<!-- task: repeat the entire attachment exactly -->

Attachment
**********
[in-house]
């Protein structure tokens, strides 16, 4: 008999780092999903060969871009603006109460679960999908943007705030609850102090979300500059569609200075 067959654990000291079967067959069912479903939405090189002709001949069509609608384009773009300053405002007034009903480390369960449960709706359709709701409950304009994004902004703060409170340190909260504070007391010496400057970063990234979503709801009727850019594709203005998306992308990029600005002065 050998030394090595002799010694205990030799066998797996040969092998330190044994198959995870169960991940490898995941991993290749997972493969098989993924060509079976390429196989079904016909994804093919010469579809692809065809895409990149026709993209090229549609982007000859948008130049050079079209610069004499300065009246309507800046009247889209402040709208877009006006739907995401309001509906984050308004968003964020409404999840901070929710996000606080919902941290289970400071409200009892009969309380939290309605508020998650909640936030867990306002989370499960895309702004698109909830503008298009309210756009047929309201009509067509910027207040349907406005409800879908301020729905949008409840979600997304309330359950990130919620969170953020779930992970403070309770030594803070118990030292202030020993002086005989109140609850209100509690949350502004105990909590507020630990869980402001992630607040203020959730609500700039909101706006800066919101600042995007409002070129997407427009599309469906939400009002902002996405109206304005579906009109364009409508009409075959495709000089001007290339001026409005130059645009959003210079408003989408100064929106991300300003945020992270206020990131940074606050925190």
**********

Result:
[in-house]
């Protein structure tokens, strides 16, 4: 008999780092999903060969871009603006109460679960999908943007705030609850102090979300500059569609200075 067959654990000291079967067959069912479903939405090189002709001949069509609608384009773009300053405002007034009903480390369960449960709706359709709701409950304009994004902004703060409170340190909260504070007391010496400057970063990234979503709801009727850019594709203005998306992308990029600005002065 050998030394090595002799010694205990030799066998797996040969092998330190044994198959995870169960991940490898995941991993290749997972493969098989993924060509079976390429196989079904016909994804093919010469579809692809065809895409990149026709993209090229549609982007000859948008130049050079079209610069004499300065009246309507800046009247889209402040709208877009006006739907995401309001509906984050308004968003964020409404999840901070929710996000606080919902941290289970400071409200009892009969309380939290309605508020998650909640936030867990306002989370499960895309702004698109909830503008298009309210756009047929309201009509067509910027207040349907406005409800879908301020729905949008409840979600997304309330359950990130919620969170953020779930992970403070309770030594803070118990030292202030020993002086005989109140609850209100509690949350502004105990909590507020630990869980402001992630607040203020959730609500700039909101706006800066919101600042995007409002070129997407427009599309469906939400009002902002996405109206304005579906009109364009409508009409075959495709000089001007290339001026409005130059645009959003210079408003989408100064929106991300300003945020992270206020990131940074606050925190």